|Chennai||Rs. 24020.00 (-0.17%)|
|Mumbai||Rs. 25020.00 (0.28%)|
|Delhi||Rs. 24450.00 (0%)|
|Kolkata||Rs. 24600.00 (-0.32%)|
|Kerala||Rs. 24050.00 (0%)|
|Bangalore||Rs. 24160.00 (-0.17%)|
|Hyderabad||Rs. 24030.00 (-0.12%)|
* Stemcor in talks with various steelmakers in India
* Jindal says has not made a decision yet
By Silvia Antonioli
LONDON, July 10 (Reuters) - UK's Stemcor, the world's largest independent steel trading company, is in talks with Indian steelmakers including Jindal Steel and Power, about the sale of its iron processing assets in the Indian state of Odisha.
The trading firm has come under pressure to raise funds since it was forced to ask lenders to freeze its repayments when it was unable to refinance an $850 million syndicated loan that was due to mature on May 7.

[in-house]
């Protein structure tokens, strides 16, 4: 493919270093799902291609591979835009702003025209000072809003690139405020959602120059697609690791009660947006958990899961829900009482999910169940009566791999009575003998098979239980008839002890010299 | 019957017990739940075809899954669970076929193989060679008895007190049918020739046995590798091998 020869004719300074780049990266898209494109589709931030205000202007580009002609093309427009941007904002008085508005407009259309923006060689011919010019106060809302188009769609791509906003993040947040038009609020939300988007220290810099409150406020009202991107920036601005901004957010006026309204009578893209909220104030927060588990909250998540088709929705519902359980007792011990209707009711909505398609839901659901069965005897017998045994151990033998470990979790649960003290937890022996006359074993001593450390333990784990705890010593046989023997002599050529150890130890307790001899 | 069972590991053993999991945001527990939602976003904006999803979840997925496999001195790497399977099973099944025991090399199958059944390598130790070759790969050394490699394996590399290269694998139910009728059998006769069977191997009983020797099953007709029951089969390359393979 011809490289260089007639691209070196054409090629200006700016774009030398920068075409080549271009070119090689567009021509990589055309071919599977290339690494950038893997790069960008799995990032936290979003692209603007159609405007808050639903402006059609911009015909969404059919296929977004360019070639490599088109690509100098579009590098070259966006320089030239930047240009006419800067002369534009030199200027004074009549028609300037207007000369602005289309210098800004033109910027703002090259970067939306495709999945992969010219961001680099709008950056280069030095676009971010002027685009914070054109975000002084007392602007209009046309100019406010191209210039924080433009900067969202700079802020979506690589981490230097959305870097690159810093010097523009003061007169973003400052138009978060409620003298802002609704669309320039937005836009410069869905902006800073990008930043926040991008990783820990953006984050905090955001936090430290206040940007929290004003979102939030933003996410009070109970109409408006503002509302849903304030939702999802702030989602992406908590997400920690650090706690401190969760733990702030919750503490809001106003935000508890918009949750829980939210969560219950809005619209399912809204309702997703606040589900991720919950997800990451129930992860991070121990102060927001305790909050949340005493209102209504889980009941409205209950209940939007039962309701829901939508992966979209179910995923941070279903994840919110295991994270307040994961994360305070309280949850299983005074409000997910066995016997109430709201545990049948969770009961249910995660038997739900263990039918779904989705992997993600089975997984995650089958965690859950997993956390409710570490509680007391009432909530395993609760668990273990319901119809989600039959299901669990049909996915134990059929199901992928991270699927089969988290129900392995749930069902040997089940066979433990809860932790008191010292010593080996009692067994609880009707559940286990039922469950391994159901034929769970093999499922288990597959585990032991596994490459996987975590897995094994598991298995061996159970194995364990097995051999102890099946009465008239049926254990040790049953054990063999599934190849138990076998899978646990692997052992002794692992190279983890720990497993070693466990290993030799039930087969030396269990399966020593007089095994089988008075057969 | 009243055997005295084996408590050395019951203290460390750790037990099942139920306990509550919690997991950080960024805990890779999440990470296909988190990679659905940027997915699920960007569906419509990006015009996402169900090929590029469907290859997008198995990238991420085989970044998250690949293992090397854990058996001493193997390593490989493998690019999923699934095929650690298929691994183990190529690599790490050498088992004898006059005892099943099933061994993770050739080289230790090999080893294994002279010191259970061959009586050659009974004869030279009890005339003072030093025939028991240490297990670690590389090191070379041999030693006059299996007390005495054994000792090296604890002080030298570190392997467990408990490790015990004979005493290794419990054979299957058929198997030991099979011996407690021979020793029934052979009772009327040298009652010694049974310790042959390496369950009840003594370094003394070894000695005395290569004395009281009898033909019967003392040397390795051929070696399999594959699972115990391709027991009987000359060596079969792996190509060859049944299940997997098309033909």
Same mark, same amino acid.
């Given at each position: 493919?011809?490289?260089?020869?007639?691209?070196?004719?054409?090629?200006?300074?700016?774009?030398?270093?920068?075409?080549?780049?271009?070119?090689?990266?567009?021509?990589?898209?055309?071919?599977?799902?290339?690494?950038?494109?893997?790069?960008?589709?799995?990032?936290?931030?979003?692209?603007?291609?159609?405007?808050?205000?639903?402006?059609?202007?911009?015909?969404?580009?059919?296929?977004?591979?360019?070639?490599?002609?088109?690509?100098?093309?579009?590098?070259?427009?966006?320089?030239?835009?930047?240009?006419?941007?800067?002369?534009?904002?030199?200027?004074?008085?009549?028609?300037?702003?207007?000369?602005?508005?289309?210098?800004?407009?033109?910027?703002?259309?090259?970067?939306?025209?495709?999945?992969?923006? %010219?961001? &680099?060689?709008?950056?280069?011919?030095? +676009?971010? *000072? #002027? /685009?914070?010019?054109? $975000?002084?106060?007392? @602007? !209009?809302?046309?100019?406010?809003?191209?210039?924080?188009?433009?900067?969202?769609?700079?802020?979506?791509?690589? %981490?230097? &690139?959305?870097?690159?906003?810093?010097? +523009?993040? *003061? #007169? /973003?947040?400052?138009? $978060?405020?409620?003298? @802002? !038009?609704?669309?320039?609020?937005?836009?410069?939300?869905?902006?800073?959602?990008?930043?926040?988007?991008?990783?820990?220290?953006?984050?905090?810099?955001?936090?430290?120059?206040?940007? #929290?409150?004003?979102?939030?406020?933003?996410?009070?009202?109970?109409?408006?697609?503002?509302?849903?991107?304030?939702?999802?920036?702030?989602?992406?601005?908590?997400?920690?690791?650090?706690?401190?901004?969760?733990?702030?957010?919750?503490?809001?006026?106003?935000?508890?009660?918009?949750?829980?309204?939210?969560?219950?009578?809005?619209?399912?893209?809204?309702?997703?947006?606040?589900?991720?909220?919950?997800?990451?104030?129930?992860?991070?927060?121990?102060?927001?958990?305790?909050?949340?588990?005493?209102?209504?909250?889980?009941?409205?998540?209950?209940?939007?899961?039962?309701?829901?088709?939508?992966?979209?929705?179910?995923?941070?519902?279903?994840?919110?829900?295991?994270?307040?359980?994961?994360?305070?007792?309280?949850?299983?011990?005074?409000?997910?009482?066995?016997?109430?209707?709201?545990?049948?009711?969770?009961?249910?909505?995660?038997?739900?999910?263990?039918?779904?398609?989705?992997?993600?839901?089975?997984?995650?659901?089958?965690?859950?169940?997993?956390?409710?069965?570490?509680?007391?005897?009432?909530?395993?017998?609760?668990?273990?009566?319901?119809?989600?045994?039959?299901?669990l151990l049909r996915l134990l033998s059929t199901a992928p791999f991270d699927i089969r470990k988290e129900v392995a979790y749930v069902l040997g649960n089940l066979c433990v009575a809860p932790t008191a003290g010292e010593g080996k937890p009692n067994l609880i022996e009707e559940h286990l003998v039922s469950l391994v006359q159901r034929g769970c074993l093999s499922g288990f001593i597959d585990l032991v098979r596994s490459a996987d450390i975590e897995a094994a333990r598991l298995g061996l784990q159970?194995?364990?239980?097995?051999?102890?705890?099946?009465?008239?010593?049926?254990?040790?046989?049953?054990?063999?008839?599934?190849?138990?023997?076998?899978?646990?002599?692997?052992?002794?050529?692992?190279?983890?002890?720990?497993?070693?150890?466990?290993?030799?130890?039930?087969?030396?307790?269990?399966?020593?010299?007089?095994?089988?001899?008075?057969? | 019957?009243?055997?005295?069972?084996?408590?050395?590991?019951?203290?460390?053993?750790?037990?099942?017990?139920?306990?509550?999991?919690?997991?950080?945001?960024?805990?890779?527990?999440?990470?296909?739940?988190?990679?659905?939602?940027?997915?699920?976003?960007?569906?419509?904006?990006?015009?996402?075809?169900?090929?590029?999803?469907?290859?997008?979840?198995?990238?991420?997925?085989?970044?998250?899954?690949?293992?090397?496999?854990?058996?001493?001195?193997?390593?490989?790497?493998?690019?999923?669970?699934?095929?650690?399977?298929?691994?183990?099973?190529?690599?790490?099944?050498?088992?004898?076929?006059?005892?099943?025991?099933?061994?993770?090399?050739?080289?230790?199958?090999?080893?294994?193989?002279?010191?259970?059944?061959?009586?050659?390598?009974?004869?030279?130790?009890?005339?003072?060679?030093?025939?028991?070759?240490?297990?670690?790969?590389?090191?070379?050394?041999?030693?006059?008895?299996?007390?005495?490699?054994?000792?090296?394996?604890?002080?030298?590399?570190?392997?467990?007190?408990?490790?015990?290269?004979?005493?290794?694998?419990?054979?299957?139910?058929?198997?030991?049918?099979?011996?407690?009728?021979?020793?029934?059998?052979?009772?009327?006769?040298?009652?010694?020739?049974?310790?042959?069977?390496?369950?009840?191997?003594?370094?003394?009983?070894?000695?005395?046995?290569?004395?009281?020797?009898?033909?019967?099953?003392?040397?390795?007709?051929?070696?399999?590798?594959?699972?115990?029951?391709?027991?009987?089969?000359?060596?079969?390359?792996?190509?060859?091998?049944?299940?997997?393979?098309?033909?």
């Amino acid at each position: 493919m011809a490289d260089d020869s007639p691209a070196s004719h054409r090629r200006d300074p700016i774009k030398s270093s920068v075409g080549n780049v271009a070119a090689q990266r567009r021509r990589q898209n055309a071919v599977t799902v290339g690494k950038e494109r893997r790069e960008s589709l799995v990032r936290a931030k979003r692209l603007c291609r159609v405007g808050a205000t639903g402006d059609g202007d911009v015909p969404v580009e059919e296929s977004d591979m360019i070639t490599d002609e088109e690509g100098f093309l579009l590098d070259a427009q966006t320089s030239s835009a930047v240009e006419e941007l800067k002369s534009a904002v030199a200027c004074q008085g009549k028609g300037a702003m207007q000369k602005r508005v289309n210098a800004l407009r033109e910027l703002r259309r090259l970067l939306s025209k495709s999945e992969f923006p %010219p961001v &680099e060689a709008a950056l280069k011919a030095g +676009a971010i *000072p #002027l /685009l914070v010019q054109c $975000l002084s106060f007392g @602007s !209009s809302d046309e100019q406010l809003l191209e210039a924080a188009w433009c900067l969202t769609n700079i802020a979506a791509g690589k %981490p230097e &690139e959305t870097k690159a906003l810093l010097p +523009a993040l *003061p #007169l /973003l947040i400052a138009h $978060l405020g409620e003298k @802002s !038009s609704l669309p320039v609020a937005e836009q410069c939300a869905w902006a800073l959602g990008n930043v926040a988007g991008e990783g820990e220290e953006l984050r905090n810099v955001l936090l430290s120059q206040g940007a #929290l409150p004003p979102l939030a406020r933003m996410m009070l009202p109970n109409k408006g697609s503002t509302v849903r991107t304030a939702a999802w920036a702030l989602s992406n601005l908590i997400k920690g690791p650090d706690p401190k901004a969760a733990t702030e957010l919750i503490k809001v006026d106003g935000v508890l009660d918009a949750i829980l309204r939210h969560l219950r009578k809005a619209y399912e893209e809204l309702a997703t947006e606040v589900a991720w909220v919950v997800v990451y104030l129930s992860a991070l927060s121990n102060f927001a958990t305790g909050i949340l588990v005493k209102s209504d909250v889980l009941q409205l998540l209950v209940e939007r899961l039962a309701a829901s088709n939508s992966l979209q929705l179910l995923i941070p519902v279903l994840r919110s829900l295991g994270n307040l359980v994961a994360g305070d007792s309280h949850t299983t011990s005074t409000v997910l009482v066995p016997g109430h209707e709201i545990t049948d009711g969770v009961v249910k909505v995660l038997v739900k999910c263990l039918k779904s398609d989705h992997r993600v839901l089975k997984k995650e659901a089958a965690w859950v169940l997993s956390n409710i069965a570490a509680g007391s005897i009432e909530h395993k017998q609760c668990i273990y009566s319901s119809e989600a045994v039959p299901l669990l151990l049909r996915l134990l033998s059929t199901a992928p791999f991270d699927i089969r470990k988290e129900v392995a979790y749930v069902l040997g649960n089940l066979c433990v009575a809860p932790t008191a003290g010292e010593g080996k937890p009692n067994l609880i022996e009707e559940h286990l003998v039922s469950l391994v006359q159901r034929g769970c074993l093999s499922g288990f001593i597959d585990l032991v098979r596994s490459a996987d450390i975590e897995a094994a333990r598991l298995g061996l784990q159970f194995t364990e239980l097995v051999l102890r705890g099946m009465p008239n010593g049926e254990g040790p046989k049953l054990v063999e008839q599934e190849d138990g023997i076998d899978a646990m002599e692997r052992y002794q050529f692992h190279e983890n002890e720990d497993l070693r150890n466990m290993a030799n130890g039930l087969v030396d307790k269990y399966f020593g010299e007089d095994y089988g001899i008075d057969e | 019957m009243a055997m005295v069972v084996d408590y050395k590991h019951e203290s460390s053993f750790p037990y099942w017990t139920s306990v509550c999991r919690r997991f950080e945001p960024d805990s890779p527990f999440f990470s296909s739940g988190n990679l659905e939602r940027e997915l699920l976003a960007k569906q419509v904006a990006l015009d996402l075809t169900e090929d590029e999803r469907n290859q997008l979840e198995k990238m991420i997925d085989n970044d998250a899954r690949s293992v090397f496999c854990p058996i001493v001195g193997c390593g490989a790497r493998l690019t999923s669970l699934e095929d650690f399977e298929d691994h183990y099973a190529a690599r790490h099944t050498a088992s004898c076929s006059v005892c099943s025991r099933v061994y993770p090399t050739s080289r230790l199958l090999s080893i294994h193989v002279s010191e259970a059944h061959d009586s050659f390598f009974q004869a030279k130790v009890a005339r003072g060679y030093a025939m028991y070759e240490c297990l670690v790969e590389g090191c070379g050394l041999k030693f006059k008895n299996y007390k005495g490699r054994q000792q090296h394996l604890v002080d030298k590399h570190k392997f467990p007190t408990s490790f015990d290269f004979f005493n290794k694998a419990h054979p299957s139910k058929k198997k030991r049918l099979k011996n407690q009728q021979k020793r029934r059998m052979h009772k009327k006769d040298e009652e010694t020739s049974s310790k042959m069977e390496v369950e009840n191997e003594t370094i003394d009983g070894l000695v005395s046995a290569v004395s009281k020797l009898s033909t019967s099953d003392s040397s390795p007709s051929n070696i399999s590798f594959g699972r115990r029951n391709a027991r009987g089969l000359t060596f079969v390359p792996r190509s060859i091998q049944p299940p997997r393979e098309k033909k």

The privately-owned firm has put up for sale its wholly owned project Brahmani River Pellets Ltd, which includes a 4 million tonnes a year iron beneficiation plant in Barbil and a pellet plant complex in Jaipur, which are connected via a 220-kilometre underground slurry pipeline, sources said.
"The asset is openly for sale. They have spoken with almost every steel mill in the country about a possible takeover of the asset. They also came to us but we have not taken any decision yet," V.R. Sharma, chief executive of the steel business of Indian firm Jindal Steel and Power said by telephone.
He declined to comment on any price involved and Stemcor declined to comment on the potential sale.
Other major steelmakers in India are Tata Steel, Steel Authority of India and JSW Steel.
Tata Steel declined to say whether it was in talks with Stemcor over a potential acquisition of the assets.
Steel Authority of India and JSW were not immediately available.
Stemcor's Indian beneficiation plant takes low grade iron ore fines from various local mines and refines them while the pellet plant, located near local steelmakers, converts low-grade iron fines into value-added pellets.
Iron ore is a key ingredient to produce steel and India is a main supplier of spot cargoes to China, the world's largest buyer of the metal.